Teresa Blomquist’s letter (“D200 board should remember this is OP, not Wrigleyville,” June 22) calling for the rejection of lights at the OPRF High School stadium is part of a well-orchestrated effort by a small but vocal group of neighbors to distort and obfuscate an issue of importance to present and future students of the school. Her husband stood up at the Booster Club’s presentation to the school board on June 16 and made the same arguments virtually word for word. Let’s set the record straight without resorting to histrionics:

Myth: Lights would “supersize” the school’s playing fields and “there are signs teenagers are encouraged to overdo” sports.

Fact: The field is not being “supersized”; only lights are being added. Lights at the stadium would bring more practices on-campus, under the control of the school. Not having lights at the stadium would not diminish the level of sports participation: School officials would have no choice but to continue practicing at remote locations, incurring additional expense and potential liability for the school. At our presentation, we provided factual data that the numbers of students participating in sports and sports-related activities (e.g. drill team, band) at OPRF continues to grow, especially girls. Numerous studies support that sports participation enhances student academic performance.

Myth: Night games will generate high electricity bills, more litter and noise, and lights would keep neighbors up late.

Fact: Each of these points was addressed at the Boosters’ presentation, and if approved, we believe that the high school would be sensitive to each of these concerns. Money spent on lighting bills would be offset by savings in not transporting athletes to remote off-campus practice fields. Litter and noise mitigation can be resolved. The high school shuts off the Lake Street field lights at 8:00 p.m.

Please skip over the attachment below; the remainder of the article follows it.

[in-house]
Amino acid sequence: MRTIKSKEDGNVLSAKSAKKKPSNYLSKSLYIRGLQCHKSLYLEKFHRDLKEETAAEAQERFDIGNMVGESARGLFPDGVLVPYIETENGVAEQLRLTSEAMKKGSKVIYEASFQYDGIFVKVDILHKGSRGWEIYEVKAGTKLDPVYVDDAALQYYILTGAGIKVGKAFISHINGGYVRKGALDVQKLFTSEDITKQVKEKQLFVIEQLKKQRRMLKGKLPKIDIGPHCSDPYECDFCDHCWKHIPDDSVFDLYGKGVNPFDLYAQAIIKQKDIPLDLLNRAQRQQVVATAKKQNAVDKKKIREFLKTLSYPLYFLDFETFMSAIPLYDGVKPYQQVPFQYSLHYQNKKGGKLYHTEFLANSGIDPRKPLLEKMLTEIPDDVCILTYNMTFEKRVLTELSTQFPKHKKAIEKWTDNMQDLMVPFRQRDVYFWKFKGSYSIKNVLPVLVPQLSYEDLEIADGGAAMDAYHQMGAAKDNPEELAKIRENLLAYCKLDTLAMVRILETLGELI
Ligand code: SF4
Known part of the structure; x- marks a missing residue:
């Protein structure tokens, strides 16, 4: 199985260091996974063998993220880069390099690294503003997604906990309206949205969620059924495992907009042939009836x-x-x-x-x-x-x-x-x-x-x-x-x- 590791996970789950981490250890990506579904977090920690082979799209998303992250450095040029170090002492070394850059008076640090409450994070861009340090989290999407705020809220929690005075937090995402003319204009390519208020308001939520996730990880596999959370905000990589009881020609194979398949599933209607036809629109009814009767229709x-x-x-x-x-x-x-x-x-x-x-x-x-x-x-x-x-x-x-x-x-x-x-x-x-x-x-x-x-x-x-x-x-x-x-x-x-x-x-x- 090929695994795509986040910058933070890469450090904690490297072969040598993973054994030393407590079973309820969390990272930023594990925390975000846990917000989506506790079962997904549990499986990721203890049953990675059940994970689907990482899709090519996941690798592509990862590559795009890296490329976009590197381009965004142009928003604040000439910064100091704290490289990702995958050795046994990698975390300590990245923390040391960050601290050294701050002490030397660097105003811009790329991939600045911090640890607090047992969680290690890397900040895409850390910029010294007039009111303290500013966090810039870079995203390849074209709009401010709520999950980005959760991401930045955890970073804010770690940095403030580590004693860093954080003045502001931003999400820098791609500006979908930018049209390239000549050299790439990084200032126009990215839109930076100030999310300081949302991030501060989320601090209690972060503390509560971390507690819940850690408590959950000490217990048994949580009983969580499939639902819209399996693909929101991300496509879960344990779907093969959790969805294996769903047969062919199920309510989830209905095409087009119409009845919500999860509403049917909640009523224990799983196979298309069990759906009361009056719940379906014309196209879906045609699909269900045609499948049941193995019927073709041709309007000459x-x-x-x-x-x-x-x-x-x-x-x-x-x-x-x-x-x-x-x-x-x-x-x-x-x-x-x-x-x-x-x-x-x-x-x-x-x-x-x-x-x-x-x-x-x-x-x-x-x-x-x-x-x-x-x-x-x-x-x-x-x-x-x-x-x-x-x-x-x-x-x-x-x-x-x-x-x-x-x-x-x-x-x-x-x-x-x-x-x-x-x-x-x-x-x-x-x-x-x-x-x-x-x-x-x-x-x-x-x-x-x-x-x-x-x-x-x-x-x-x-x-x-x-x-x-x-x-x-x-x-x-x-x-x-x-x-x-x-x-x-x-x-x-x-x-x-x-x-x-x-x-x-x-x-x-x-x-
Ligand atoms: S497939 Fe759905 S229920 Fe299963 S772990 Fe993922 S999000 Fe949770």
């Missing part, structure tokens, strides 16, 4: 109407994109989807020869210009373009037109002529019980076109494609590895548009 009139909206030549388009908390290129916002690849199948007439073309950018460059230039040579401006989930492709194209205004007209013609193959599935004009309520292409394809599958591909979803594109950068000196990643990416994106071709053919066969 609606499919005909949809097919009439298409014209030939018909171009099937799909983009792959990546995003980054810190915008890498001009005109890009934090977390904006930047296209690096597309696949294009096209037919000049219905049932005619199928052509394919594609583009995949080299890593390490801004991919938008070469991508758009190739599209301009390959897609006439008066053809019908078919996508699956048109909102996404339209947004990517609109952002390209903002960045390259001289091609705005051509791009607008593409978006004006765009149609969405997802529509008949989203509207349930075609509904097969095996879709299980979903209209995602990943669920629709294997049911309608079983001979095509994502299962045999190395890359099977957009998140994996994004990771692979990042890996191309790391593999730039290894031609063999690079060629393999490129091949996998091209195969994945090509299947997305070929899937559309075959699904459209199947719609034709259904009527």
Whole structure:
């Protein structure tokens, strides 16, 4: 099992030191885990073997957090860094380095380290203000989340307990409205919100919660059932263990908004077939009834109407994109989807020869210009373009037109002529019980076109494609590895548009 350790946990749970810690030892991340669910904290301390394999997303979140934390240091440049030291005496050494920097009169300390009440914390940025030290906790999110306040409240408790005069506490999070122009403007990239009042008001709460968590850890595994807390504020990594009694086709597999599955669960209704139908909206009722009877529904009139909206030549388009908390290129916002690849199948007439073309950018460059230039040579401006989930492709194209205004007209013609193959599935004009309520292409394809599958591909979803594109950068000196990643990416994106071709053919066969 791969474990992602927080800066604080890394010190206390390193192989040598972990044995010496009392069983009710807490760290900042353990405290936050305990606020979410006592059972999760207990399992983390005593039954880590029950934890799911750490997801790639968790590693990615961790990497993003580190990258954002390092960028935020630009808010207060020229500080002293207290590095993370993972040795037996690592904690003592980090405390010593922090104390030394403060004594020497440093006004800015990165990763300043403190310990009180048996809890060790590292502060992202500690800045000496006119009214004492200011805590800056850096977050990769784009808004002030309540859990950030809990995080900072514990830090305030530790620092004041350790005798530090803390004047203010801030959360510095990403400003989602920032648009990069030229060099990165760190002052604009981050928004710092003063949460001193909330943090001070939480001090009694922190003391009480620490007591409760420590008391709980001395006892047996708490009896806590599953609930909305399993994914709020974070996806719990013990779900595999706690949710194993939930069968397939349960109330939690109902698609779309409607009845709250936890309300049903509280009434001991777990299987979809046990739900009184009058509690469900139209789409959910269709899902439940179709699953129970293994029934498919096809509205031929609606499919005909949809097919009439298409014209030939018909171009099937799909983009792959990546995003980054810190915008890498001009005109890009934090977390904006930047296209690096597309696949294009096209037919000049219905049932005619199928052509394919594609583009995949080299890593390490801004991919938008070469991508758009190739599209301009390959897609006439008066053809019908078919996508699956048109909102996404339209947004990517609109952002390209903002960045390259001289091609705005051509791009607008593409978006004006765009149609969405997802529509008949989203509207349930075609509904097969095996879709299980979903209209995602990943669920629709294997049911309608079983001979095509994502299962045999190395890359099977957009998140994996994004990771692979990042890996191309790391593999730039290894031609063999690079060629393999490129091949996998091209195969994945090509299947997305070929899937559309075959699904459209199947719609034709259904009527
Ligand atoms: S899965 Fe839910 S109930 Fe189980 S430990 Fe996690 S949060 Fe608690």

Distortion: Lights would make Oak Park more like Wrigleyville. Apples and oranges. Without speculating whether this slight was coming from a White Sox fan (I believe the exact words her husband used was “the tawdriness of Wrigleyville”), comparing a night game with a few thousand (non-drinking) fans at OPRF’s stadium with 40,000 party-goers at Wrigley Field is ludicrous. There is no Murphy’s Bleachers or Cubby Bear next to our stadium, and the last I checked, Tasty Dog doesn’t serve alcohol. Besides, I haven’t read about any Wrigleyville residents complaining about their property values since lights were installed at Wrigley Field (also a historic district).

Myth: Harm to Oak Park’s historic character makes stadium lights undesirable. Reality check: Let’s face it folks, we live in an urban environment. Peace and quiet and pastoral living exist outside of Oak Park and River Forest. On Keystone Avenue where I live, nary a day goes by without construction crews lining and littering the street, dogs that aren’t curbed, and yes, lights down at Keystone Park in the evening. I walk home in the evenings from the River Forest train station, and I’m here to tell you that the light spillage from east Keystone Park is such that west Keystone Park and Lake Street are virtually as dark as they were before lights. But guess what? You deal with all of this, because that’s the nature of the community we chose to live in, and I wouldn’t trade it. The vocal minority would have you believe that this is a bad, bad idea, but the Booster Club has collected (at this point) the signatures of 1,700-plus residents who disagree.

Contrary to un-neighborly allegations made by this vocal minority at our presentation, the high school has been a good neighbor. Witness the parking garage and more restrictive parking ordinances around the school. How about the jogging track around the Lake Street field, popular with many neighbors? What about all of the community events and programs hosted at the school? If the school board, in cooperation with the village approves lights, I’m confident the school would supervise night time sports events in a responsible manner. For more information on lights at the stadium, visit www.oprflights.com.

Chuck Race
River Forest

Chuck Race writes a soccer column for WEDNESDAY JOURNAL and is the soccer representative for the OPRFHS Booster Club.

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